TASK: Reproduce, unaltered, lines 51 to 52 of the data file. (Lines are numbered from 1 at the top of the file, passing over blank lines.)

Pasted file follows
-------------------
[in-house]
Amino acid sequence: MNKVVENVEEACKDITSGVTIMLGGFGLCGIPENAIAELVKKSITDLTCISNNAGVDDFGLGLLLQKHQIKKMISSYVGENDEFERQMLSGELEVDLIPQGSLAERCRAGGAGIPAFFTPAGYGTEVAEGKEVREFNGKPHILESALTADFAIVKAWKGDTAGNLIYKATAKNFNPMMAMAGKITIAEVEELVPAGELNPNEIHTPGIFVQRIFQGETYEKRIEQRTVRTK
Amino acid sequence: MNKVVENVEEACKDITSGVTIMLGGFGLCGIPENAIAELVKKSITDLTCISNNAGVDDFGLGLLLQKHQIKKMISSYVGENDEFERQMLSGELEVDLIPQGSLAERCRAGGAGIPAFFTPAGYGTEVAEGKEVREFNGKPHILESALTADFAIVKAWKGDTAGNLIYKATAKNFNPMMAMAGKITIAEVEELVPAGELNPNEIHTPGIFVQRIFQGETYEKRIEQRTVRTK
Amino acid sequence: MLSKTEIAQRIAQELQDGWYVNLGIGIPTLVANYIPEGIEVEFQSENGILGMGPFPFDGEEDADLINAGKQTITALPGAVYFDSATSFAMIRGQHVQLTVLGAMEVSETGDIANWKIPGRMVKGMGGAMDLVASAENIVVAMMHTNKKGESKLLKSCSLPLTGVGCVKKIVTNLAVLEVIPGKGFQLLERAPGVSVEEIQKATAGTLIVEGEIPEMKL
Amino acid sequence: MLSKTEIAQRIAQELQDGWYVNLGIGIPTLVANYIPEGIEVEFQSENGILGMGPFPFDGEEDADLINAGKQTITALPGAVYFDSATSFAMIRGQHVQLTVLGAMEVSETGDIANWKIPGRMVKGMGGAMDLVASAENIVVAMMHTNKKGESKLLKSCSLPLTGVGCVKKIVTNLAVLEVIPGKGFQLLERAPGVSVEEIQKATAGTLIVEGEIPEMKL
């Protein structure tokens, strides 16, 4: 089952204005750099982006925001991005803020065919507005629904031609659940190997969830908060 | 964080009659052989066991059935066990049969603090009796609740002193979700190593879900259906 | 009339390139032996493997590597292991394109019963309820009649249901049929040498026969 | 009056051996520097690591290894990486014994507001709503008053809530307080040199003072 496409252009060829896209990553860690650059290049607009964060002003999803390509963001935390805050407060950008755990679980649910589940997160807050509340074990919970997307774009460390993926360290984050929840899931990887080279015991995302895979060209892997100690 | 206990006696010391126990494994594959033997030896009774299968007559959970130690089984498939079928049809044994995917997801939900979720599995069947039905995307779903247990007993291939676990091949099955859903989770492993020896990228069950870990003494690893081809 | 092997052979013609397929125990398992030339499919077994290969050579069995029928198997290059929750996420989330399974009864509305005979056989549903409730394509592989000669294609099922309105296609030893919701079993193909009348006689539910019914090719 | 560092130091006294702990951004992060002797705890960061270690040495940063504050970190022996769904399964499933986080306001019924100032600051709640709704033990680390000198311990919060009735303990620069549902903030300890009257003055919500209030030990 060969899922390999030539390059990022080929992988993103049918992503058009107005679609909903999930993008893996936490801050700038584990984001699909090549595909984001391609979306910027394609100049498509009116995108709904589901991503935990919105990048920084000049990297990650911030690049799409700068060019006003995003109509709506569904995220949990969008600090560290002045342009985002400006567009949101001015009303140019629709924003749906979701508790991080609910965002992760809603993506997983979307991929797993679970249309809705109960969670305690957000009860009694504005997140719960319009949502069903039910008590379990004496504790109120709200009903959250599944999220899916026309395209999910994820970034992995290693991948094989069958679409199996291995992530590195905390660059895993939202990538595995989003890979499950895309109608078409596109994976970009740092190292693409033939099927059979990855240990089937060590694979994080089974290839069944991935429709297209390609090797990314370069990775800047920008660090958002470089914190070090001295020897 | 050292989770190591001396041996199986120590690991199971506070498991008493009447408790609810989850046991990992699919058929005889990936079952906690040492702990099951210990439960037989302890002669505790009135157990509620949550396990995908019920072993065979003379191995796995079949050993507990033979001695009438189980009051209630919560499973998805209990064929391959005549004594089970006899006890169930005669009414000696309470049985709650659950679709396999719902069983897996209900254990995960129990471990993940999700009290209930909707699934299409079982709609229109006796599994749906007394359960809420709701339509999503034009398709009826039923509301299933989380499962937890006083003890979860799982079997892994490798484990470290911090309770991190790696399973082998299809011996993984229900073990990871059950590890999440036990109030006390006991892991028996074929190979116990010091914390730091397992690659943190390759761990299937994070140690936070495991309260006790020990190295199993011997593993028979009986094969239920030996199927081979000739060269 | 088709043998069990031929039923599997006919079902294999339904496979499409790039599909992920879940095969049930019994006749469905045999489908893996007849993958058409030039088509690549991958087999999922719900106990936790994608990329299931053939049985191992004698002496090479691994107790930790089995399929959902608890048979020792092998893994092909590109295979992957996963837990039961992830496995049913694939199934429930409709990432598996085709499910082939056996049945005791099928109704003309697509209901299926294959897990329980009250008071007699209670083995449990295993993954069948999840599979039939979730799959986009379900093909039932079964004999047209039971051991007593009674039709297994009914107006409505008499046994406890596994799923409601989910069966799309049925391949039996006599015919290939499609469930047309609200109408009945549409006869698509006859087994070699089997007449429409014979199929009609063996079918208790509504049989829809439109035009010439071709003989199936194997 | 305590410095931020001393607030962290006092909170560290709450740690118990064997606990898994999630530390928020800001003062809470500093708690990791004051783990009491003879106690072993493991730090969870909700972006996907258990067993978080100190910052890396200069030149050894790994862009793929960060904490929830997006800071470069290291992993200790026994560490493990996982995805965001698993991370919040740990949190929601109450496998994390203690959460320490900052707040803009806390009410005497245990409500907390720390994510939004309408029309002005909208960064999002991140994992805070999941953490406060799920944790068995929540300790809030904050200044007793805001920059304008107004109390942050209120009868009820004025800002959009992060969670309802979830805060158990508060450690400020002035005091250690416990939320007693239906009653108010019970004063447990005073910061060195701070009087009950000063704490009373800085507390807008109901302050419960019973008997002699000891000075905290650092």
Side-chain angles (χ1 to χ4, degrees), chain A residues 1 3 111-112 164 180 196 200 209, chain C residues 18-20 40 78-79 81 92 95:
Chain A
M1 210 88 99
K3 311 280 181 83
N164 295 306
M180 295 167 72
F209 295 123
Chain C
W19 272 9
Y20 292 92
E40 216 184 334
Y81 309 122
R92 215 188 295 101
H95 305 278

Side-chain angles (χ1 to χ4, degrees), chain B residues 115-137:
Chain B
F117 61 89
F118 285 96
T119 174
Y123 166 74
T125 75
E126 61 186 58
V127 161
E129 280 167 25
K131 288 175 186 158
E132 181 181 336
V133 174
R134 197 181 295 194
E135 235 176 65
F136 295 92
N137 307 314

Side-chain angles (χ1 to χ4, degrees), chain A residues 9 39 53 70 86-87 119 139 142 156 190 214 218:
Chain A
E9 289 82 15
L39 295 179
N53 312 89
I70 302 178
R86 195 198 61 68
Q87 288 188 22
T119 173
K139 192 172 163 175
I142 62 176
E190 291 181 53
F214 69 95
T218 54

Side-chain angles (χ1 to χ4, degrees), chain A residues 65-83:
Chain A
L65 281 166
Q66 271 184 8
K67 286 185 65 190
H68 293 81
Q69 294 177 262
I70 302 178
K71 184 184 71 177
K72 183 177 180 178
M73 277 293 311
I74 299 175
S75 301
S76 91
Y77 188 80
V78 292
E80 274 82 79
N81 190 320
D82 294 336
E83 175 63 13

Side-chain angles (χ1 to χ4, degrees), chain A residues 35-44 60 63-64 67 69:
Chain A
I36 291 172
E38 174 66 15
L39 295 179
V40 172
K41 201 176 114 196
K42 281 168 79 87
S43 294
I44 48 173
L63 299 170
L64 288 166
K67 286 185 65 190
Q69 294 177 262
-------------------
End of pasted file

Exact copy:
T218 54

Side-chain angles (χ1 to χ4, degrees), chain A residues 65-83: